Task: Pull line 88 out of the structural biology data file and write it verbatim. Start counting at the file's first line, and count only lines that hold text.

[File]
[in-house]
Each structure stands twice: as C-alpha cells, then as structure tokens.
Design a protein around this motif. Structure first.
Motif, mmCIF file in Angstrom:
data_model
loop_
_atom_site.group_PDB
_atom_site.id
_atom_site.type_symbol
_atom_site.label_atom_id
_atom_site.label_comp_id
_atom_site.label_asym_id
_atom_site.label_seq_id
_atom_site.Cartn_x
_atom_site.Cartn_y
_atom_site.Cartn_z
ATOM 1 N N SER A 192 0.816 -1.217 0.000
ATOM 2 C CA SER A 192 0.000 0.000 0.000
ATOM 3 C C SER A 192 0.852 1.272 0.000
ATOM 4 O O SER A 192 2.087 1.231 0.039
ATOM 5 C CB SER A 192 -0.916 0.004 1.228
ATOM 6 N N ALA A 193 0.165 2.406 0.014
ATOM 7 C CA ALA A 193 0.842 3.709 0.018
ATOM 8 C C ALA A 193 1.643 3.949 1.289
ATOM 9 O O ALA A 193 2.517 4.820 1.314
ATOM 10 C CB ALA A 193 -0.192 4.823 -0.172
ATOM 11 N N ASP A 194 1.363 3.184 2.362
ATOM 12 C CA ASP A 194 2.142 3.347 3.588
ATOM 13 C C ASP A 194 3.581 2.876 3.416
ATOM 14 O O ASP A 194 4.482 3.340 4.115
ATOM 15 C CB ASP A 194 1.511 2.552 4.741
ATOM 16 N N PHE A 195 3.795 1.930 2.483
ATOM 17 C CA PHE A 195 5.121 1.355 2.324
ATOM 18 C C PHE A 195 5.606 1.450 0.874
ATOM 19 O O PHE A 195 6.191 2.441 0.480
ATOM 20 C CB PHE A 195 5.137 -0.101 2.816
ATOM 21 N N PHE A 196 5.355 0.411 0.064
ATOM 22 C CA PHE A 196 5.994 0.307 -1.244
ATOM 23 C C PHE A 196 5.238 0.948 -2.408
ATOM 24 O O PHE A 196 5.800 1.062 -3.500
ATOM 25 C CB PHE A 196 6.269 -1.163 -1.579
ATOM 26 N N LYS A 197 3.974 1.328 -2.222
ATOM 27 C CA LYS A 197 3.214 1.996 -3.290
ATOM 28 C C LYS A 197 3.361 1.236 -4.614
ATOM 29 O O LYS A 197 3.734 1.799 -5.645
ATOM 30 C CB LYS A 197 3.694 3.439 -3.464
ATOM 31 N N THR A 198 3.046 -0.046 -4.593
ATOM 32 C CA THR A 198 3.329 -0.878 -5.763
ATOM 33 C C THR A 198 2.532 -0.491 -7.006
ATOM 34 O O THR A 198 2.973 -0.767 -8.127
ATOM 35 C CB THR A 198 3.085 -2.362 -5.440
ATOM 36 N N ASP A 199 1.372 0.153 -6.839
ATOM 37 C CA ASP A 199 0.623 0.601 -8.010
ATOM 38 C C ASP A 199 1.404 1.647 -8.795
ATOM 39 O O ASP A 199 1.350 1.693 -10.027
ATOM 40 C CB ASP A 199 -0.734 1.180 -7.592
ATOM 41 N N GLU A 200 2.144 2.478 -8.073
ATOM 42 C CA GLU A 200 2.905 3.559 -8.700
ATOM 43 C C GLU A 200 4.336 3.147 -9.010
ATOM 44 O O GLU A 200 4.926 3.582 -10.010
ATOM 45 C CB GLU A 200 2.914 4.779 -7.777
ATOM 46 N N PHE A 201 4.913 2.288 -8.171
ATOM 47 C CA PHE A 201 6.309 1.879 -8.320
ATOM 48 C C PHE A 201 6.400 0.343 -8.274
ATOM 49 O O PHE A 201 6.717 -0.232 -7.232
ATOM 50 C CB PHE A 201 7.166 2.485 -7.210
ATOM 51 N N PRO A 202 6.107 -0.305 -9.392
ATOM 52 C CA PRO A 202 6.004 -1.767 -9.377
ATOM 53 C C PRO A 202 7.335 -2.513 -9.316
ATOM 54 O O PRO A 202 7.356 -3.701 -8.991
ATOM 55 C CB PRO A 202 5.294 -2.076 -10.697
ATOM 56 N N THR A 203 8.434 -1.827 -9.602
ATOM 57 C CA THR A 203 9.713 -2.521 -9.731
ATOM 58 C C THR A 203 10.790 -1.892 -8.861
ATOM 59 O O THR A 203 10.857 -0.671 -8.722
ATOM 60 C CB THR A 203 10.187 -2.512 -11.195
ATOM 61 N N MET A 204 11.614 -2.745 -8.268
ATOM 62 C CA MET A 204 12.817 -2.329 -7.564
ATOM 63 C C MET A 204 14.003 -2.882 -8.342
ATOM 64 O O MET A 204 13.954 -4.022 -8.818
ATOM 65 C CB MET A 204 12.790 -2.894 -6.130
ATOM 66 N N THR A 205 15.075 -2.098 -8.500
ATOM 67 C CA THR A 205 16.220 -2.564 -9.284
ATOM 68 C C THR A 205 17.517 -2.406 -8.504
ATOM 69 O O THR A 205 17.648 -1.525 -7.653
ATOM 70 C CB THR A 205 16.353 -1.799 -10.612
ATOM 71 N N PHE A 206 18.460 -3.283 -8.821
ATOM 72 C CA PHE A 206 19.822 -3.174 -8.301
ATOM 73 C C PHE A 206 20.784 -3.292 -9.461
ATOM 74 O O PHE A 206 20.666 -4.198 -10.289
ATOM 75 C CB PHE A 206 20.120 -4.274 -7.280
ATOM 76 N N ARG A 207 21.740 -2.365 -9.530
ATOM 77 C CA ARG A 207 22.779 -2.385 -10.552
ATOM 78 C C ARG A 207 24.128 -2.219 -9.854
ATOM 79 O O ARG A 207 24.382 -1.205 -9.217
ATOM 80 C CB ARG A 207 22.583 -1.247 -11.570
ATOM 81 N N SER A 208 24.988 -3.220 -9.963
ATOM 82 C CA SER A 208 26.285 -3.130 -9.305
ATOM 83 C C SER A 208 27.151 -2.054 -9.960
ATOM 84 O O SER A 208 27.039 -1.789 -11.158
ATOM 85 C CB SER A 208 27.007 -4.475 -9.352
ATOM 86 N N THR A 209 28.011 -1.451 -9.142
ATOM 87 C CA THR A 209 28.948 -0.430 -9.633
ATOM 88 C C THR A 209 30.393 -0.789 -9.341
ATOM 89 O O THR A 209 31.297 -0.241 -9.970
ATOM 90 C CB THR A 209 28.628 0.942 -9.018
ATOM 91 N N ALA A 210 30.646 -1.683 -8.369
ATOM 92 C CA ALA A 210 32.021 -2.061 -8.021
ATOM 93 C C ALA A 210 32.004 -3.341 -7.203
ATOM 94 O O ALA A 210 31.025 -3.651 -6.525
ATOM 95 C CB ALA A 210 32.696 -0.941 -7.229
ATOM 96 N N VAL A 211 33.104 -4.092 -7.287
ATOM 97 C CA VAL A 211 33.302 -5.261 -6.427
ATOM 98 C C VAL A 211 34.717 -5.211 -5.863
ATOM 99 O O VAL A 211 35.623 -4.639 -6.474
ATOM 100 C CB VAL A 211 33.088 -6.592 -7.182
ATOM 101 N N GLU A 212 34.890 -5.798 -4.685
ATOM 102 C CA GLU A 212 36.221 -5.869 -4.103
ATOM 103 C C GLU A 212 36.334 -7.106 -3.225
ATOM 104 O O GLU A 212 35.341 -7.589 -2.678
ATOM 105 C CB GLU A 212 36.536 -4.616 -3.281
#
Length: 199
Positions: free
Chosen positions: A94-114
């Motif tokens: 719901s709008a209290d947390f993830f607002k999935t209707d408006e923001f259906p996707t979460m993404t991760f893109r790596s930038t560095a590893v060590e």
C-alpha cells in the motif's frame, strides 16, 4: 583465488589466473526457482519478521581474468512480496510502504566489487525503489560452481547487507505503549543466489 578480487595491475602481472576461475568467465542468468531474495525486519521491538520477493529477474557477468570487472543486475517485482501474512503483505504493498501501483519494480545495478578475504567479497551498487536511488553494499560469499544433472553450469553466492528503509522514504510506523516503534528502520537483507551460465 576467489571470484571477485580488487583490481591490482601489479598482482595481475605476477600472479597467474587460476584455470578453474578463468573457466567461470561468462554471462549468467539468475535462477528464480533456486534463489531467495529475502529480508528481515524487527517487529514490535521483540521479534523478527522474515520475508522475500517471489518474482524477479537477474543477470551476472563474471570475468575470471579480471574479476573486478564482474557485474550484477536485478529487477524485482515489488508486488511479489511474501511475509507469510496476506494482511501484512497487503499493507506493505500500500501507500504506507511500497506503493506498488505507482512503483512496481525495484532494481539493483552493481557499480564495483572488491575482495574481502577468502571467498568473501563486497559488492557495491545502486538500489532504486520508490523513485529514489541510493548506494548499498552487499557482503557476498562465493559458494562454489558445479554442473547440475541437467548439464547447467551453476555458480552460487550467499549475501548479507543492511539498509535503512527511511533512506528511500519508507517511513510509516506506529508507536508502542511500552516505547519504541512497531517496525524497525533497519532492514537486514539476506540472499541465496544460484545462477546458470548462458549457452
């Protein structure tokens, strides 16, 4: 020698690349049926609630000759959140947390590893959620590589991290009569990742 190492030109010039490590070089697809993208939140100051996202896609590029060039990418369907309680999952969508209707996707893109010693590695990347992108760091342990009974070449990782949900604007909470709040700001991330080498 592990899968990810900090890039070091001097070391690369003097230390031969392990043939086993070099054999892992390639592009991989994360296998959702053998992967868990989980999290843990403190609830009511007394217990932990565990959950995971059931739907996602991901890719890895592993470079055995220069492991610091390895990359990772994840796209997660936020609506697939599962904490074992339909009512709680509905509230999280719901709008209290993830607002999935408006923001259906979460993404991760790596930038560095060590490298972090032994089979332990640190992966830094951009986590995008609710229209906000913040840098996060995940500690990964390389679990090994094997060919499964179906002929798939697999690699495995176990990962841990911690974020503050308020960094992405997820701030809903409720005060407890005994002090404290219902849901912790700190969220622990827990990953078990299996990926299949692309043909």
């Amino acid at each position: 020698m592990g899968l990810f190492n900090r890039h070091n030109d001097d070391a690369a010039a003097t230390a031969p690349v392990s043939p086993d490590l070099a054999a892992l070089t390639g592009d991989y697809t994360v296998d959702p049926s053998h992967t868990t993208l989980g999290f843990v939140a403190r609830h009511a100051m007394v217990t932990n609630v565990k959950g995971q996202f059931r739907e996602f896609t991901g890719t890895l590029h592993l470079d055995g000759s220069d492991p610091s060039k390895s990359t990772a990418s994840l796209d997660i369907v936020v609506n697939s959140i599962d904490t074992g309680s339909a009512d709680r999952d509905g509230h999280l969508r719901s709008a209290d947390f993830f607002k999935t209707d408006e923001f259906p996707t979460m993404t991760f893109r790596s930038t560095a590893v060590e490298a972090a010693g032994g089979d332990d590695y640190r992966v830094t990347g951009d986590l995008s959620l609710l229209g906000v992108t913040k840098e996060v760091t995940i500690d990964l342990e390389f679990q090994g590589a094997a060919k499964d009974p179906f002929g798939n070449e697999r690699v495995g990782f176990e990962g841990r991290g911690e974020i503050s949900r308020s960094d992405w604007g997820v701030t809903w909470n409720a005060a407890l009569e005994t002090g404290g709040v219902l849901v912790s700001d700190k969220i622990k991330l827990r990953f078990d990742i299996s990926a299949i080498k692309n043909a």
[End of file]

ATOM 72 C CA PHE A 206 19.822 -3.174 -8.301